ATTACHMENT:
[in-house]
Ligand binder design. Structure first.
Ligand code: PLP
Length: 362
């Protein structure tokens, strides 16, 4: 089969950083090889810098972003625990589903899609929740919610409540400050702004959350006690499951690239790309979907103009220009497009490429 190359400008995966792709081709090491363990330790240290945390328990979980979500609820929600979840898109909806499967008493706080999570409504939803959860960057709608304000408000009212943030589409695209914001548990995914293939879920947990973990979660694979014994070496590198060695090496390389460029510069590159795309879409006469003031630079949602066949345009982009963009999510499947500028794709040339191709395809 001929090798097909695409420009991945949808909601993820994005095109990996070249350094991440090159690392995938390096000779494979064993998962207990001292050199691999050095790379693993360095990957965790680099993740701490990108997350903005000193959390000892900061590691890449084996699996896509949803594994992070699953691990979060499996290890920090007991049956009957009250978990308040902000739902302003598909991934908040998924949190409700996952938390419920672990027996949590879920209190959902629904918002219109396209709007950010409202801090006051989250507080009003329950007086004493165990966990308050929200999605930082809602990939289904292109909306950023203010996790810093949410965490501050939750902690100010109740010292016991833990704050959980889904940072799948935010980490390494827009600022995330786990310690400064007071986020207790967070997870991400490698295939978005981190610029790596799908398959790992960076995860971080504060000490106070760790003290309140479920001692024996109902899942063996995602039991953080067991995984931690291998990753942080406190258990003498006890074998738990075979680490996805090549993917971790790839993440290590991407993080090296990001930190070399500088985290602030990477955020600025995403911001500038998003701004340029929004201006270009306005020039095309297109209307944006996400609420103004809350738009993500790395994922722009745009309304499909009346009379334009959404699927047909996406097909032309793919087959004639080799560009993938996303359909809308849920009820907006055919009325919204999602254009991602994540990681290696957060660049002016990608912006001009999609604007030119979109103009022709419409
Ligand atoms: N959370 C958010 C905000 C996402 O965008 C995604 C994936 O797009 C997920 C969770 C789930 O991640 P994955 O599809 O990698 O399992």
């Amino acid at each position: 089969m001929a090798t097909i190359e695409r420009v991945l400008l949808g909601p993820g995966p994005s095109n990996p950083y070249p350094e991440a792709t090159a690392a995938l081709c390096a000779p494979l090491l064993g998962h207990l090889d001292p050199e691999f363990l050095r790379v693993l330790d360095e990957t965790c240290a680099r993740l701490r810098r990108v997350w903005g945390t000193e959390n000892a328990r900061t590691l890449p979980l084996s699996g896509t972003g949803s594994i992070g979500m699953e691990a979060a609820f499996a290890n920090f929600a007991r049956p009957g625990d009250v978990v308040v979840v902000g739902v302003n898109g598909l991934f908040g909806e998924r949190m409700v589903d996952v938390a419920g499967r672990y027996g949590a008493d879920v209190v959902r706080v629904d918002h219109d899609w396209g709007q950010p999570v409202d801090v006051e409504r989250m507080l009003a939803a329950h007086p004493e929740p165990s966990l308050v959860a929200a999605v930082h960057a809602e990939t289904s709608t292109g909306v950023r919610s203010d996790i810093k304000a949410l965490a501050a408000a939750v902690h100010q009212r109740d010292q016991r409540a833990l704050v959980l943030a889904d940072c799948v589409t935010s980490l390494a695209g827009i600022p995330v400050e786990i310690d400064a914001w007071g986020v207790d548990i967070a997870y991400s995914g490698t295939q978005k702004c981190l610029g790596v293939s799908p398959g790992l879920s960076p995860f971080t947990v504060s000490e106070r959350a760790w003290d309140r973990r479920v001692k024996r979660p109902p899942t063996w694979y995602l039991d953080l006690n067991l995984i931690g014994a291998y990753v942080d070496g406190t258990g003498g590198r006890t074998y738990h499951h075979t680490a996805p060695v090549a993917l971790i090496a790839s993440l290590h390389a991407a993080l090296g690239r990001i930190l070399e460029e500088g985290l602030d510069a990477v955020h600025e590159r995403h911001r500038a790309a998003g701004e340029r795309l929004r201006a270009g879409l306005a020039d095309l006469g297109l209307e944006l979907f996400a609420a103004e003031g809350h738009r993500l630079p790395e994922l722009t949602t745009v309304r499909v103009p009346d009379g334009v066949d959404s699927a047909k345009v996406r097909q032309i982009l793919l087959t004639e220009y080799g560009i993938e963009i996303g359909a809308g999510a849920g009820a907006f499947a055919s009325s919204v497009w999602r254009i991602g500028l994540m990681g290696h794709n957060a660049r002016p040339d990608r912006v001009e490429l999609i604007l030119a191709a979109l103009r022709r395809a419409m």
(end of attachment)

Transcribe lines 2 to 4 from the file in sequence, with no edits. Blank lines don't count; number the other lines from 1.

Ligand binder design. Structure first.
Ligand code: PLP
Length: 362